get capital tour on building needs
By Matt Kelly
of the House of Delegates Appropriations Committee made a quick
tour of several University facilities Sept. 18 in anticipation
of funding requests in the coming legislative session.
by University President
John T. Casteen III and Colette Sheehy, vice
president for management and budget, the tours, through Cocke
Hall and New Cabell Hall for the College
of Arts & Sciences and the Thornton Hall clean room and
nanotechnology lab for the School
of Engineering and Applied Science, highlighted the deficiencies
of the buildings. The tour was capped with a lunch at Carrs
legislative delegation toured several colleges in the state over
several days to review their capital requirements.
greeted the group in the Rotunda and outlined briefly the Universitys
plans for renovation and new construction.
the years 2002 through 2004, the University is looking at $469
million in capital projects, of which 72 percent would be raised
through donations, grants, contracts and other private sources,
Sheehy said. She told the legislators that the University is still
looking for some state support in its efforts.
University has submitted its capital requirements to the governor,
who will sift through them for inclusion in the budget he will
release for the legislators in December. She said there will also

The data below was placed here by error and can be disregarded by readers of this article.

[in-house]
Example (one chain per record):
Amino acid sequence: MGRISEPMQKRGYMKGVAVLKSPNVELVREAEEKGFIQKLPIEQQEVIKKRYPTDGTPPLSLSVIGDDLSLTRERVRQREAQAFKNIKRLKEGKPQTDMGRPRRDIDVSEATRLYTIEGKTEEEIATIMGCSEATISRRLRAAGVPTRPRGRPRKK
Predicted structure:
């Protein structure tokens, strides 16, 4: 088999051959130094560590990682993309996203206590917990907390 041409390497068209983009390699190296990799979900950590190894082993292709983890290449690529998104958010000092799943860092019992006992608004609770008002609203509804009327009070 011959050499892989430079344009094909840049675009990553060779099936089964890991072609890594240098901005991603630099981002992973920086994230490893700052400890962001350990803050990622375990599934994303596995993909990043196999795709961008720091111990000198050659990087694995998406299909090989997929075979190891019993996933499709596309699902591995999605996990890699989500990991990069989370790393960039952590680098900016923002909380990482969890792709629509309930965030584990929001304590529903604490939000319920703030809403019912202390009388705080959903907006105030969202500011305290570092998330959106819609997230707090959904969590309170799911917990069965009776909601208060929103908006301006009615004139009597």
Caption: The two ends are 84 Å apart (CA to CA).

be an opportunity in January for U.Va. to appeal to the legislature
if part of the request has been omitted.
told the legislators that many of the changes required in existing
buildings are inside the walls wiring, plumbing, air circulation
as well as renovating the visible space. She pointed to
the changes in education that computers have generated in the
past 20 years and said that buildings such as New Cabell Hall,
built in the 1950s, offer challenges to the modern academic environment.
also stressed the importance of investing money in new research
facilities so the University will be poised to take advantage
of federal research funds. Sheehy stressed that investing money
in the Universitys research operations would have returns
for the state through business and jobs, and bring existing businesses
into the state, as well as additional research money.
Board of Visitors Buildings
and Grounds Committee may discuss some of the capital outlay projects
at its Oct. 10 meeting.